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What’s the word? Pediatric speech and hearing FAQ

Riddle Hospital August 9, 2016 General Wellness

Watching your child grow and learn new things is one of the most exciting things about parenthood. And hearing them say names—like ‘mama’ or ‘dada’—for the first time can be especially rewarding. But what if your son or daughter is quieter than their peers, or hasn’t quite figured out how to vocalize ‘mama’ or ‘dada’ just yet? Should you be worried?

Not necessarily, says Laurie Maddesi, MS, speech language pathologist at Riddle Hospital, part of Main Line Health.

“Every child is different, and they need to be evaluated as such. Generally, we do expect to some developmental benchmarks in speech and hearing, but every child has their own timeline and is going to progress differently,” she explains.

Maddesi says she’s come across many questions from parents, but she offers answers to some of the most frequently asked questions below.

How many words should my child know?

While your child may utter their first word before their first year—somewhere between 9 and 12 months—they typically will only have a few true words at age 12 months. Most toddlers won’t begin using multiple words until just before age 2. Typically, by then, children will begin to use more clearly defined words instead of babbling language or sounds. Although you might not be able to understand very clearly what they are saying, these words are generally easier to understand than they have been in the past.

My child is speaking, but mispronouncing words. Is that OK?


“Mispronunciation is common, but as long as you can generally understand what your child is trying to say, then isn’t a cause for concern,” says Maddesi.

It’s also common for children to reduce phrases or multi-syllabic words into a shorter phrase or shorter word because it is easier for them to pronounce. Don’t let speech patterns like this concern you, as they are normal for children who are still learning their words.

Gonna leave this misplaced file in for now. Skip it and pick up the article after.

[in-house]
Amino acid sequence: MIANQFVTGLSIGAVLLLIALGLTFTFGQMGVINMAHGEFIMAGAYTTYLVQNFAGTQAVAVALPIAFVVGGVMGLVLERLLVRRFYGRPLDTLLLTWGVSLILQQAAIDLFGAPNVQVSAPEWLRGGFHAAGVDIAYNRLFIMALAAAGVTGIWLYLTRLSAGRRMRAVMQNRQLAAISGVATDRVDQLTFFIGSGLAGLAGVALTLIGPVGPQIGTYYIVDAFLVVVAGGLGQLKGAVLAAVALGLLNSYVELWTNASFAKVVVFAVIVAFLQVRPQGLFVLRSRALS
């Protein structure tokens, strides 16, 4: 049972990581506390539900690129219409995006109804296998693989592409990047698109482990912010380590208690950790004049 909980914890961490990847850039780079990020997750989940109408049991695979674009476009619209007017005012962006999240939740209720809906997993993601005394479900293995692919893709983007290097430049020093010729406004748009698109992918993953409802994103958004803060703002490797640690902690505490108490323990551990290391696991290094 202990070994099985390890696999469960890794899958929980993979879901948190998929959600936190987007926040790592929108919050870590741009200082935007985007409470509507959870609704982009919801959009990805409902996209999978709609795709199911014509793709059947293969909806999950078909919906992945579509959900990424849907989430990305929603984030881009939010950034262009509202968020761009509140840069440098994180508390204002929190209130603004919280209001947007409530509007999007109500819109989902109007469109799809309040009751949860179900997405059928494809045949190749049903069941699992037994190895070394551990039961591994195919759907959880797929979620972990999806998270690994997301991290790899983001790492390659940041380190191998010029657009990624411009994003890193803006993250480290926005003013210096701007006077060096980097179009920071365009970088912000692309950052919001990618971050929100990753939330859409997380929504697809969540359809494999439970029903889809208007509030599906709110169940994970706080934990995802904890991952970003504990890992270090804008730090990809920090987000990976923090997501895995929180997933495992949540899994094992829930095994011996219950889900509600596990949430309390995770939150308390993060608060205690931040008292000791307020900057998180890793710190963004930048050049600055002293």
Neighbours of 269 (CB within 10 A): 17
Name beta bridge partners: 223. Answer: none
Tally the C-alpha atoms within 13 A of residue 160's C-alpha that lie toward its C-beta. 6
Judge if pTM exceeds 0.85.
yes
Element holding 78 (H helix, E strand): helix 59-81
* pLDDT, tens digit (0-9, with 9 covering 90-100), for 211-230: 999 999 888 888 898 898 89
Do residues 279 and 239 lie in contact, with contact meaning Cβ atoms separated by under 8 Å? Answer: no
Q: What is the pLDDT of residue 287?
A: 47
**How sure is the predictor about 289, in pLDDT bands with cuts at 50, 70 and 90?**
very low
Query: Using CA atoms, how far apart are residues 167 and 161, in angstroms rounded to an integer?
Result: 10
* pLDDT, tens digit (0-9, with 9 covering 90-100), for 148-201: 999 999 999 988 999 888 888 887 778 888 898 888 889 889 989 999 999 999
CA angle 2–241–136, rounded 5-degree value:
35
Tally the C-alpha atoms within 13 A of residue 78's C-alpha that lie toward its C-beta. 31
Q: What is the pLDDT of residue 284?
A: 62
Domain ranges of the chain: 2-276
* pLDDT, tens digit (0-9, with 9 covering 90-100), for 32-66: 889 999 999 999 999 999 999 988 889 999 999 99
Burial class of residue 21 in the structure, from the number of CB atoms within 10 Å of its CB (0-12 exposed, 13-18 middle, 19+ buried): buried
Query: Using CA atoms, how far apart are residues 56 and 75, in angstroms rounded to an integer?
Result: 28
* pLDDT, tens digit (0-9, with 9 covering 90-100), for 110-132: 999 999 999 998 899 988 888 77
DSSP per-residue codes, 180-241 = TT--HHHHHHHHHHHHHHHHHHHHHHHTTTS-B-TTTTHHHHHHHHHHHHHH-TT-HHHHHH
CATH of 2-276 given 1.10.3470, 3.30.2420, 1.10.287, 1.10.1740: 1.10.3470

However, by age 3 years, children should be approximately 90 percent intelligible. Talk to your pediatrician about your concerns.

What can I do to help my child’s speech and language develop?

There are many things that you can do to help your child’s speech and language develop, including:

  • Talk, read, and play with your child often
  • Communicate what you are doing to your child, and explain what they are doing to them
  • Arrange play groups so your child can play with others
  • Use a variety of different words with your child, and use longer sentence as they get older
  • Listen and respond to your child when they talk to you
  • Pronounce words clearly when you speak
  • Give your child time to talk—don’t speak over them or interrupt them

My child has been getting several ear infections. Could this affect their hearing?

“Ear infections are very common in childhood, and most children—including infants—will have multiple ear infections. It’s not uncommon for these infections to cause temporary hearing loss, but it is very rare that they would cause permanent hearing loss in children,” explains Maddesi.

Children are typically only at risk for permanent hearing loss when damage has been done to the eardrum, hearing nerve, or bones inside the ear. Otherwise, your little one might just be uncomfortable for a few days.

If my child passed the hearing screening as a newborn, is there a chance they could have difficult hearing later?

Although the hearing screenings given to newborns are intended to detect hearing issues early, there is still a possibility that children can develop a hearing problem later in childhood.

Your child may be suffering from hearing loss if you notice that they are not reacting to loud noises, imitating sounds, responding to their name, speaking with a loud volume. Although these symptoms aren’t necessarily indicative of a hearing problem, make an appointment with your pediatrician, who can refer you to an audiologist for further testing.

“Remember: every child is different. Many parents worry about their child’s communication skills because they don’t hear a large vocabulary of words, but your baby can communicate with you via a number of different methods. Crying, reaching, pointing, laughing, and smiling are all signs that your baby is trying to interact with you and express an emotion.”

Enjoy your child’s communications methods of communication—whatever they may be—and talk to your doctor about your concerns regarding your child’s speech, language, and hearing concerns.

Concerned about your child’s development? Riddle Hospital’s Outpatient Pediatric Services team offers a variety of pediatric services, including occupational and physical therapy, speech language therapy, and a social skills group. To learn more, visit our website or call 484.227.3370.